It was a long war. A hard war. A sprawling war between hundreds of worlds, in which millions of lives were lost... and for what?

For all the usual reasons, really. Power. Pennies. Practicalities. Politics. But at bottom, words were what caused the war between the Central Worlds and the Peripheral Systems: the words of two essentially identical texts, precious as they proved to people on both sides of the divide.

But now the war is over.
There was a problem, though. The skipships were the only way to send messages as faster than light speeds, so it took time for the news to spread. To begin with, not everyone believed that the ceasefire was real. Even when neutral peacekeepers came in to our system, the fighting continued. (p.10)
Scurelya Timsuk Shunde, the not-entirely-reliable narrator of Alastair Reynolds' new novella, is a soldier captured after the close of this conflict by a man who takes pleasure in other people's pain.

For a time, Orvin is content to torture her, but as peacekeepers close in on his position, he shoots Scur with a slow bullet—a dog tag with onboard storage—that he's modified to make as horrible as possible:
"Normally there's not much pain. The medics use a topical anaesthetic to numb the entry area, and the slow bullet puts out another type of drug as it travels through your insides. It goes very slowly, too—or at least it's meant to. Hence the name, of course. And it avoids damaging any vital organs or circulatory structures as it progresses to its destination, deep enough inside your chest that it can't be removed without complicated surgery. But this one's different. It's going to hurt like the worst thing you've ever known and it's going to keep burrowing through you until it reaches your heart."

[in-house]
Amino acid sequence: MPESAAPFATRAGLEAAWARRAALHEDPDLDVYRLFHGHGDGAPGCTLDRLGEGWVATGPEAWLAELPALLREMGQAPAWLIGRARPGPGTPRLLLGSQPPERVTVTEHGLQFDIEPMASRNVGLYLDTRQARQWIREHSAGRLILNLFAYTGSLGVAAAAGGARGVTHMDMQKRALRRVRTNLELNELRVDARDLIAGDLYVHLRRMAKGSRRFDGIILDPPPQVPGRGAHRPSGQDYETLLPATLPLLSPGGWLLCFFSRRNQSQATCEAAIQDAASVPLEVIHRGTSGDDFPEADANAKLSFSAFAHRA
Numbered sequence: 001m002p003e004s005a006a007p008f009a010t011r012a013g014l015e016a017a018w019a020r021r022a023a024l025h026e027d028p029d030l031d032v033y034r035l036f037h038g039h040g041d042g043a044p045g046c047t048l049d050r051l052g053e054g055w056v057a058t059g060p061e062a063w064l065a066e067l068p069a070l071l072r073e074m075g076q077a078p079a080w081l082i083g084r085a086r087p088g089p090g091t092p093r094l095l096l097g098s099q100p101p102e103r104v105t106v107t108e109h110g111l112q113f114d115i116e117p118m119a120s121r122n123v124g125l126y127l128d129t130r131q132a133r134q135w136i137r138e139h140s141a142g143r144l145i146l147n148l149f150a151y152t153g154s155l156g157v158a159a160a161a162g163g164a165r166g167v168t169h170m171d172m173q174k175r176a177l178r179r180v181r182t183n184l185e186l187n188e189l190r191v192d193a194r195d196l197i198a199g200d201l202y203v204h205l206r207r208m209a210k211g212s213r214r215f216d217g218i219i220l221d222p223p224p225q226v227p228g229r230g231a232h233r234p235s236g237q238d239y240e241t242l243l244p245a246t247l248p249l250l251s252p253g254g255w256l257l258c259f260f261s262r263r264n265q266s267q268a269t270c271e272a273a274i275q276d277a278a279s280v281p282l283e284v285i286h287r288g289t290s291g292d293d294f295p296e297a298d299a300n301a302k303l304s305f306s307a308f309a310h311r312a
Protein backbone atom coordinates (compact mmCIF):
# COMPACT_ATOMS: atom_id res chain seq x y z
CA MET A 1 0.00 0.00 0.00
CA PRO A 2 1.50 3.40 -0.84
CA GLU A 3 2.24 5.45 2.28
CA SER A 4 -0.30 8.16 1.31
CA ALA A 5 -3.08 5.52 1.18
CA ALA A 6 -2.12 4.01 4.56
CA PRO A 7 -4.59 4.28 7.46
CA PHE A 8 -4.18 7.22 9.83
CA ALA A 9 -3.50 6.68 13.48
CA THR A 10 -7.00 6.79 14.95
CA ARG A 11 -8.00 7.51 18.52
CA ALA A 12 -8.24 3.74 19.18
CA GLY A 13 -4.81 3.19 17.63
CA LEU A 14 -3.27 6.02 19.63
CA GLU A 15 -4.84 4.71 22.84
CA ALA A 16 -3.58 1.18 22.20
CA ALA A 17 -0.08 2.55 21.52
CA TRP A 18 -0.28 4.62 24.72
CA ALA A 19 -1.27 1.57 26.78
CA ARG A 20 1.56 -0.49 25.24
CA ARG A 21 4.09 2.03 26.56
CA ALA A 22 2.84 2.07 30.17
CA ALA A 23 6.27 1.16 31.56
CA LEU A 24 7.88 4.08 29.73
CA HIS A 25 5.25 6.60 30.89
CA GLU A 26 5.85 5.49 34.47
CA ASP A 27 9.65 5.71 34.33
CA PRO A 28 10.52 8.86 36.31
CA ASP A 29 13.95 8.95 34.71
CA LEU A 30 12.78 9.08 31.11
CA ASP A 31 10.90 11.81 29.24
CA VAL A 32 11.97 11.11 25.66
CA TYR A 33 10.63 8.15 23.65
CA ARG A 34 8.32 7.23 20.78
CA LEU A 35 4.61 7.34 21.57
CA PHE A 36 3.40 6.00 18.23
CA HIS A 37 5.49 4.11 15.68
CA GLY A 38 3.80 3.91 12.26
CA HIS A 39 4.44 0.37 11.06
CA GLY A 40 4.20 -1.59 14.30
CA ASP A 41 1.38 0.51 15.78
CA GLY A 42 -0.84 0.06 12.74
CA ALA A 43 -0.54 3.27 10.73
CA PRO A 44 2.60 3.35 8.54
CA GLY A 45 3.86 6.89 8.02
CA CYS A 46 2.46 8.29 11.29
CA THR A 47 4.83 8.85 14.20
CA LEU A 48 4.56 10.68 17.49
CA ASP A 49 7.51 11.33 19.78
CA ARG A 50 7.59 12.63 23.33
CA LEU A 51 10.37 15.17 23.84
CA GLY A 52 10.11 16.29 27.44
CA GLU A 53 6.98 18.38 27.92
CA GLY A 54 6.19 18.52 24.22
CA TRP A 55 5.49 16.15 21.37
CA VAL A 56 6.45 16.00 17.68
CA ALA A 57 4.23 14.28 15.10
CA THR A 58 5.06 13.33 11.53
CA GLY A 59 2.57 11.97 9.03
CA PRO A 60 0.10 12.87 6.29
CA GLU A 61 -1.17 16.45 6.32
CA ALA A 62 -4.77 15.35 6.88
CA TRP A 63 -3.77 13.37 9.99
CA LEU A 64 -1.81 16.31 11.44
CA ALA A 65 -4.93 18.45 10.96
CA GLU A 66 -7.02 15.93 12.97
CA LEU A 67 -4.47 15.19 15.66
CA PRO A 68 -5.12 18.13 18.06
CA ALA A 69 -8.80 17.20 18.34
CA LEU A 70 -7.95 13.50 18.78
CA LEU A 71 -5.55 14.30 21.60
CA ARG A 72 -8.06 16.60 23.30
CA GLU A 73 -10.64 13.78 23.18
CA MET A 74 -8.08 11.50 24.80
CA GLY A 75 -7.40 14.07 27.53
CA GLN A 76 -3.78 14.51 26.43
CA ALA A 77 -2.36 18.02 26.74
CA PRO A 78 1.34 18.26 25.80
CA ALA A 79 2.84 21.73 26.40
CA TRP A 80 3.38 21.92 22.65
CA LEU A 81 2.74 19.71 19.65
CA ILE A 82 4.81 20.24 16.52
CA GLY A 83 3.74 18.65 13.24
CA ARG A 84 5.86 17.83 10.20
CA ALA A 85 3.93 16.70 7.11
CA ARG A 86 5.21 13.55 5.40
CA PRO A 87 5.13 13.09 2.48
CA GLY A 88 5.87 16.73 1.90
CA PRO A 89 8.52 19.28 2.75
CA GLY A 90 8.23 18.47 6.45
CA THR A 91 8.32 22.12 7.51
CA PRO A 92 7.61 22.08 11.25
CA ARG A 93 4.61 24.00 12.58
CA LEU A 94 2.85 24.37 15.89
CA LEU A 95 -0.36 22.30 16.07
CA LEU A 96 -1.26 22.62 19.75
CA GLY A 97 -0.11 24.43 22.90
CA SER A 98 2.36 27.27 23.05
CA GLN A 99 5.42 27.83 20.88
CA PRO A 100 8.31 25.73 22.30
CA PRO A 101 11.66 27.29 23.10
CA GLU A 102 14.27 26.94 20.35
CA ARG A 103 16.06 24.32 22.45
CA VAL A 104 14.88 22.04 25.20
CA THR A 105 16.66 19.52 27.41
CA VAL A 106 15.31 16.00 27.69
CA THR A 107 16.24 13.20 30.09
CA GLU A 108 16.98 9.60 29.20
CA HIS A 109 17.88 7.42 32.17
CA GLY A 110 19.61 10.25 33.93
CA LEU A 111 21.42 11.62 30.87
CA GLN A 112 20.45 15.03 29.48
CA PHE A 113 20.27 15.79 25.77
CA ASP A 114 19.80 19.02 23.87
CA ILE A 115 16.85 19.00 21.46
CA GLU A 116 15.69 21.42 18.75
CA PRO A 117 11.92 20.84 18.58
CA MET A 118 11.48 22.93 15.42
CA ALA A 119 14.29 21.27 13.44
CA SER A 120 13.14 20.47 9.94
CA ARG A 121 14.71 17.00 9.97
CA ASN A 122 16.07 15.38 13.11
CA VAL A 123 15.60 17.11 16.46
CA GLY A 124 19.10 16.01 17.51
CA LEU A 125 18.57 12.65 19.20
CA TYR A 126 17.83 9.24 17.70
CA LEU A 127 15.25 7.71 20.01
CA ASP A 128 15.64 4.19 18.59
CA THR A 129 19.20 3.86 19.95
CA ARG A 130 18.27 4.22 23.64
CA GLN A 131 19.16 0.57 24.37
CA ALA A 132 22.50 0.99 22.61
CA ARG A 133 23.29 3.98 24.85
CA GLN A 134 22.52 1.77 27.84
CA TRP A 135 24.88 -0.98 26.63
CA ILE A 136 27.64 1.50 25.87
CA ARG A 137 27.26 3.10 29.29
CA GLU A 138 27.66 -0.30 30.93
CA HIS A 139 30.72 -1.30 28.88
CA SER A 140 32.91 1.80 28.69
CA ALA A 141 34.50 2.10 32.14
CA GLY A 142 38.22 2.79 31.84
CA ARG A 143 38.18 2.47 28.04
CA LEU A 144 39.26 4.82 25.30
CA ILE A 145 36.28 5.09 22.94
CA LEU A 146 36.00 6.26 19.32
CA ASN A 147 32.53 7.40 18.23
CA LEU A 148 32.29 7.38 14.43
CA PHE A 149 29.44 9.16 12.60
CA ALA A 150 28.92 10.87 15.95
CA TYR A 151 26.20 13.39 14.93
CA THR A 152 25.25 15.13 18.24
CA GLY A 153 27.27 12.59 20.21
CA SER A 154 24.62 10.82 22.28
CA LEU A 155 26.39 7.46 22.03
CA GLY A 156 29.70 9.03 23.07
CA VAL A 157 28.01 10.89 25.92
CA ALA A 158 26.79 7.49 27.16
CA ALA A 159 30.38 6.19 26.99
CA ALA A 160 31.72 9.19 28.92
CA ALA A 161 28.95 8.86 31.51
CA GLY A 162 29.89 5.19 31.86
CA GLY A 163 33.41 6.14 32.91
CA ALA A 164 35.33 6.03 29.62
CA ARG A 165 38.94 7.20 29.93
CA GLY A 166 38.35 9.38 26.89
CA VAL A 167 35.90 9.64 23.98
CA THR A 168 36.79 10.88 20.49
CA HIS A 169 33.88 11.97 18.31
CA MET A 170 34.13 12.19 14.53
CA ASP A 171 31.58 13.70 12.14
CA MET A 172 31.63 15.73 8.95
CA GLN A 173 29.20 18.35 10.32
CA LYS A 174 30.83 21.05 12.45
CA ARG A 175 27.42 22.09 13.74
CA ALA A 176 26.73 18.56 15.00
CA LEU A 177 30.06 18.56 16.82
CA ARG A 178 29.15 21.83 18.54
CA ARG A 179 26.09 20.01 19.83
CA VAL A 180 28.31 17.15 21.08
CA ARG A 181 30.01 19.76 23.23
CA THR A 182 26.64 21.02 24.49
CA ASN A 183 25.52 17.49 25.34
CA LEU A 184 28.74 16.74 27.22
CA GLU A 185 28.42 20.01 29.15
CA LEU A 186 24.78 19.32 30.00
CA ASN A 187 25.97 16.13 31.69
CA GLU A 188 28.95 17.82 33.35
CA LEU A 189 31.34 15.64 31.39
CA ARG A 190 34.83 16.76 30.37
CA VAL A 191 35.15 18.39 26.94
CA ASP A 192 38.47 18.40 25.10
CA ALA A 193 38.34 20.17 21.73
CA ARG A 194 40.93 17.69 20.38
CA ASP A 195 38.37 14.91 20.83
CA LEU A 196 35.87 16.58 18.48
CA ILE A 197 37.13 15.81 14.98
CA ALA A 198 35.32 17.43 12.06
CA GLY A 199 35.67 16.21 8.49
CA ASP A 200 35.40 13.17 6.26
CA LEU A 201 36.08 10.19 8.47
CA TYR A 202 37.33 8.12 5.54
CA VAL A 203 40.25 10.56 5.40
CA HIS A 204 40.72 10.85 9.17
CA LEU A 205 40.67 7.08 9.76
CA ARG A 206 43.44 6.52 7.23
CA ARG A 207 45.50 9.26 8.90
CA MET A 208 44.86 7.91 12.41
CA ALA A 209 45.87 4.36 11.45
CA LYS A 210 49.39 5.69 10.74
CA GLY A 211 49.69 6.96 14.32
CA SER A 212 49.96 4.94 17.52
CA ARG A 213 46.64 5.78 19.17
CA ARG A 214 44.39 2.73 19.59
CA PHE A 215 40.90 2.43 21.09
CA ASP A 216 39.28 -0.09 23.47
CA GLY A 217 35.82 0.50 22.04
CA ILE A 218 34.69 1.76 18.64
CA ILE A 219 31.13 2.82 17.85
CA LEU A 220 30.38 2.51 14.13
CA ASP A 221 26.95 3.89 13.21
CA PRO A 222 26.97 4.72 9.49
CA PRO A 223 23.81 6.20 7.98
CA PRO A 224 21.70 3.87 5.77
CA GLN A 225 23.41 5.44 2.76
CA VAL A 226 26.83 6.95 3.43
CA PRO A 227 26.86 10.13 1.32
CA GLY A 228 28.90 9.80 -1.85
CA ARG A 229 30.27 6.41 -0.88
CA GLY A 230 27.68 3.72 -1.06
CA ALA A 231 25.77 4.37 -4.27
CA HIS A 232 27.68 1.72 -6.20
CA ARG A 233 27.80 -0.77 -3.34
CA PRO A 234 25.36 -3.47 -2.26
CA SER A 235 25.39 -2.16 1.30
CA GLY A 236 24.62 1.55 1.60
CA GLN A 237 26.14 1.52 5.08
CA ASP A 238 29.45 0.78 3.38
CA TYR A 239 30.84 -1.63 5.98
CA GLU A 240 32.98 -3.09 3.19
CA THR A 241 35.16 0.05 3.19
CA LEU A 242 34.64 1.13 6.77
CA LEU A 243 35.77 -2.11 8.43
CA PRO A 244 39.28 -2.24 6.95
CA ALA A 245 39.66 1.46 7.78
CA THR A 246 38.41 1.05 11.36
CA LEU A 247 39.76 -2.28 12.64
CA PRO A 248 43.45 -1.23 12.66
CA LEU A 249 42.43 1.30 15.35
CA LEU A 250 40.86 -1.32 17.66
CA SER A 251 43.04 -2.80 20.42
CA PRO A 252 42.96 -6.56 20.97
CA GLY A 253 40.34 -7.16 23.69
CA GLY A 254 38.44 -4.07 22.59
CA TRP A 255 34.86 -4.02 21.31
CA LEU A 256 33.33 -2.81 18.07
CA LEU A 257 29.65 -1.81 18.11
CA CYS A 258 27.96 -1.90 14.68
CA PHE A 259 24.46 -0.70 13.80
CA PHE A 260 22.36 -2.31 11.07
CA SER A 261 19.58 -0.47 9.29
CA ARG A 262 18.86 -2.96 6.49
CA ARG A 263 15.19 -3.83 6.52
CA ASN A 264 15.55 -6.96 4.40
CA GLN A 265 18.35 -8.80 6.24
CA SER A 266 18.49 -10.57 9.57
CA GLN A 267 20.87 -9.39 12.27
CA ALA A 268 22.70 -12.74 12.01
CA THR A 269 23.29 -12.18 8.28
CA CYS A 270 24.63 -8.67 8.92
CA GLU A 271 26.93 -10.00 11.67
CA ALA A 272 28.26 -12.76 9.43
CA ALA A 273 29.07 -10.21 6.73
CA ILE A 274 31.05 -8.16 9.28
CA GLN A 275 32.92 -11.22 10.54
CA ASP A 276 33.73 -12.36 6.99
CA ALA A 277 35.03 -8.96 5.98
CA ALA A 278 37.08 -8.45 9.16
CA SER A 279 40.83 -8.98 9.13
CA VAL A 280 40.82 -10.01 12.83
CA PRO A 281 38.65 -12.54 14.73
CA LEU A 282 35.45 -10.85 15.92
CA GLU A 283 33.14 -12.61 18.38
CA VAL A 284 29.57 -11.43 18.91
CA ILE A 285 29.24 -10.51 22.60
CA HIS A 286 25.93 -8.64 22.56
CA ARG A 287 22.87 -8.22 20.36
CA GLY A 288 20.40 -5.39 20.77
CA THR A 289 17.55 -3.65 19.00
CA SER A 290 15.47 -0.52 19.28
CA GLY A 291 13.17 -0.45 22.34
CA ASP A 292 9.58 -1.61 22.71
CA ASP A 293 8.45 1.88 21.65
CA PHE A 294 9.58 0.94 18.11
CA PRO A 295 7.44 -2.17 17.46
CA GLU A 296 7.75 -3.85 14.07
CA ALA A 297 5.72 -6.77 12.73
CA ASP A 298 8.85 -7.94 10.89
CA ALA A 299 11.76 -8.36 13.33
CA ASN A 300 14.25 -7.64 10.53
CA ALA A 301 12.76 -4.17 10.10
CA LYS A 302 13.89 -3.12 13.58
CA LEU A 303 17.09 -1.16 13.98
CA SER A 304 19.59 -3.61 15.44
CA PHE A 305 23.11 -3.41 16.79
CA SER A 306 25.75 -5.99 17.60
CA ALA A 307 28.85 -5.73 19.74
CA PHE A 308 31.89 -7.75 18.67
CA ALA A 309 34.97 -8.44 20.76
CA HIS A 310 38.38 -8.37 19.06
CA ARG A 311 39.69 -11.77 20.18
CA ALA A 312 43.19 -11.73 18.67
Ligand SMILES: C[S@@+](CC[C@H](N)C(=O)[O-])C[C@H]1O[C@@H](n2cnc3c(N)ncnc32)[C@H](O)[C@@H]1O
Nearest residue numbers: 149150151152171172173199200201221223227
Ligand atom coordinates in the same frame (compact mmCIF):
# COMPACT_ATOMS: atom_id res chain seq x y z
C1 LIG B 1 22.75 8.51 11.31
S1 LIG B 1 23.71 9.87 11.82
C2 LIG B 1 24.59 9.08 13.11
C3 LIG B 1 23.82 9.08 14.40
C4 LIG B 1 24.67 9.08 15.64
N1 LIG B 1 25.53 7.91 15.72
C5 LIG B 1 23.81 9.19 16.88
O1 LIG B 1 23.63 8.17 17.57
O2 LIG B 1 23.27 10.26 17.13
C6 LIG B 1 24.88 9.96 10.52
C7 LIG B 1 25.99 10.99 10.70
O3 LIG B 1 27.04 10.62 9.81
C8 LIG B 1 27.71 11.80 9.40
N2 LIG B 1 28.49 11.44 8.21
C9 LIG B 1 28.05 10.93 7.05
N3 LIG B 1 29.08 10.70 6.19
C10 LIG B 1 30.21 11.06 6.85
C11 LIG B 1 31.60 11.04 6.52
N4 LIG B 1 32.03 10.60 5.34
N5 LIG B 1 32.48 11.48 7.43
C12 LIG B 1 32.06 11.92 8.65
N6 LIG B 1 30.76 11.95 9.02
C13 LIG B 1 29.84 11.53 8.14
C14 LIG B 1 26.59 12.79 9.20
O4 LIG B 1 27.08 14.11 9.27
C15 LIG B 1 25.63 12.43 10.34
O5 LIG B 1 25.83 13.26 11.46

Orvin let out a little laugh. "Why not?" (pp.14-15)
Scur doesn't expect to survive this evil ordeal, but she does. Just.

Later—exactly how long later I ain't saying—she awakens in a hibo capsule on a skipship packed full of prisoners of war. Immediately, one wonders: why is she among them? It must be a mistake. Either that or Scur isn't the telling us the whole story...

Friday, 12 June 2015

Book Review | Nemesis Games by James S. A. Corey

A thousand worlds have opened, and the greatest land rush in human history has begun. As wave after wave of colonists leave, the power structures of the old solar system begin to buckle.

Ships are disappearing without a trace. Private armies are being secretly formed. The sole remaining protomolecule sample is stolen. Terrorist attacks previously considered impossible bring the inner planets to their knees. The sins of the past are returning to exact a terrible price.

And as a new human order is struggling to be born in blood and fire, James Holden and the crew of the Rocinante must struggle to survive and get back to the only home they have left.